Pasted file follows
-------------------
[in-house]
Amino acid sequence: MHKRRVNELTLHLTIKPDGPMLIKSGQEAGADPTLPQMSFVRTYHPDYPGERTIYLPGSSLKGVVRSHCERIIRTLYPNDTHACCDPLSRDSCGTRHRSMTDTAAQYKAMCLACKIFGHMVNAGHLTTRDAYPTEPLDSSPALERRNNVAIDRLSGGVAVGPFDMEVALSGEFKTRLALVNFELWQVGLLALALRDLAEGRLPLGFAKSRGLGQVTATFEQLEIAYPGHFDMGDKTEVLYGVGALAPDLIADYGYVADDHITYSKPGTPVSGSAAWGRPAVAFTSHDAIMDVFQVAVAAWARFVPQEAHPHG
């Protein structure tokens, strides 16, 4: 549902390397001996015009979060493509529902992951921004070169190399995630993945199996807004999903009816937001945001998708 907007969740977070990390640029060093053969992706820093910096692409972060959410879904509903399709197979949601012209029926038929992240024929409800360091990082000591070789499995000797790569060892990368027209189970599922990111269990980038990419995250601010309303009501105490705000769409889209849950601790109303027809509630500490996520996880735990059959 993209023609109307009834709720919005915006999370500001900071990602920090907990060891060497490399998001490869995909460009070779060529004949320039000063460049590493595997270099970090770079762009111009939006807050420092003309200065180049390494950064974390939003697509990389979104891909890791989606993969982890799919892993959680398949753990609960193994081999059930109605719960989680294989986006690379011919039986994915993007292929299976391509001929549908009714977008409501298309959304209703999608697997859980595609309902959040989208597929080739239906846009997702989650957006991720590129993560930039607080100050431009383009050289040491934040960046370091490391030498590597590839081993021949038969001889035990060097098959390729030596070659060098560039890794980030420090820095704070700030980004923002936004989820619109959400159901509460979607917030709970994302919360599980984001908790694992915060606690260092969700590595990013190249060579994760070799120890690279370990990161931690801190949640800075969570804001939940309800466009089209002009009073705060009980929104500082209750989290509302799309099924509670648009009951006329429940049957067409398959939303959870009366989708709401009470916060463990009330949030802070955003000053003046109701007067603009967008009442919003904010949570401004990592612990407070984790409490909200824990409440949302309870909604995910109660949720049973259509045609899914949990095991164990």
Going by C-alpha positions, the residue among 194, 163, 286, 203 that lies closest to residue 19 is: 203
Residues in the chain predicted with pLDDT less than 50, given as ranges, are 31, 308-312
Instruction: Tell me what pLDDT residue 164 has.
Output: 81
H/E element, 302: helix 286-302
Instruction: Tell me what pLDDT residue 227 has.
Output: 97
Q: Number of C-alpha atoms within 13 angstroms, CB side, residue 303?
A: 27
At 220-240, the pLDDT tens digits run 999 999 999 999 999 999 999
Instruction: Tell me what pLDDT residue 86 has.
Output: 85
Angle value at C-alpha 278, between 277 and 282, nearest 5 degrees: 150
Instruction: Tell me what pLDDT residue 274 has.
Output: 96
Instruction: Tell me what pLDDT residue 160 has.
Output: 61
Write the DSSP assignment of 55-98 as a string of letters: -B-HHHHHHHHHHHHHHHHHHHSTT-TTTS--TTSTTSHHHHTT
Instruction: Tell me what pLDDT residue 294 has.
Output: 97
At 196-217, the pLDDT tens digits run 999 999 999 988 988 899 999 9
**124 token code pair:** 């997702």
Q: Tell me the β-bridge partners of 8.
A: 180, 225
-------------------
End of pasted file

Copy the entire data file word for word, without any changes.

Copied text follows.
[in-house]
Amino acid sequence: MHKRRVNELTLHLTIKPDGPMLIKSGQEAGADPTLPQMSFVRTYHPDYPGERTIYLPGSSLKGVVRSHCERIIRTLYPNDTHACCDPLSRDSCGTRHRSMTDTAAQYKAMCLACKIFGHMVNAGHLTTRDAYPTEPLDSSPALERRNNVAIDRLSGGVAVGPFDMEVALSGEFKTRLALVNFELWQVGLLALALRDLAEGRLPLGFAKSRGLGQVTATFEQLEIAYPGHFDMGDKTEVLYGVGALAPDLIADYGYVADDHITYSKPGTPVSGSAAWGRPAVAFTSHDAIMDVFQVAVAAWARFVPQEAHPHG
């Protein structure tokens, strides 16, 4: 549902390397001996015009979060493509529902992951921004070169190399995630993945199996807004999903009816937001945001998708 907007969740977070990390640029060093053969992706820093910096692409972060959410879904509903399709197979949601012209029926038929992240024929409800360091990082000591070789499995000797790569060892990368027209189970599922990111269990980038990419995250601010309303009501105490705000769409889209849950601790109303027809509630500490996520996880735990059959 993209023609109307009834709720919005915006999370500001900071990602920090907990060891060497490399998001490869995909460009070779060529004949320039000063460049590493595997270099970090770079762009111009939006807050420092003309200065180049390494950064974390939003697509990389979104891909890791989606993969982890799919892993959680398949753990609960193994081999059930109605719960989680294989986006690379011919039986994915993007292929299976391509001929549908009714977008409501298309959304209703999608697997859980595609309902959040989208597929080739239906846009997702989650957006991720590129993560930039607080100050431009383009050289040491934040960046370091490391030498590597590839081993021949038969001889035990060097098959390729030596070659060098560039890794980030420090820095704070700030980004923002936004989820619109959400159901509460979607917030709970994302919360599980984001908790694992915060606690260092969700590595990013190249060579994760070799120890690279370990990161931690801190949640800075969570804001939940309800466009089209002009009073705060009980929104500082209750989290509302799309099924509670648009009951006329429940049957067409398959939303959870009366989708709401009470916060463990009330949030802070955003000053003046109701007067603009967008009442919003904010949570401004990592612990407070984790409490909200824990409440949302309870909604995910109660949720049973259509045609899914949990095991164990």
Going by C-alpha positions, the residue among 194, 163, 286, 203 that lies closest to residue 19 is: 203
Residues in the chain predicted with pLDDT less than 50, given as ranges, are 31, 308-312
Instruction: Tell me what pLDDT residue 164 has.
Output: 81
H/E element, 302: helix 286-302
Instruction: Tell me what pLDDT residue 227 has.
Output: 97
Q: Number of C-alpha atoms within 13 angstroms, CB side, residue 303?
A: 27
At 220-240, the pLDDT tens digits run 999 999 999 999 999 999 999
Instruction: Tell me what pLDDT residue 86 has.
Output: 85
Angle value at C-alpha 278, between 277 and 282, nearest 5 degrees: 150
Instruction: Tell me what pLDDT residue 274 has.
Output: 96
Instruction: Tell me what pLDDT residue 160 has.
Output: 61
Write the DSSP assignment of 55-98 as a string of letters: -B-HHHHHHHHHHHHHHHHHHHSTT-TTTS--TTSTTSHHHHTT
Instruction: Tell me what pLDDT residue 294 has.
Output: 97
At 196-217, the pLDDT tens digits run 999 999 999 988 988 899 999 9
**124 token code pair:** 């997702």
Q: Tell me the β-bridge partners of 8.
A: 180, 225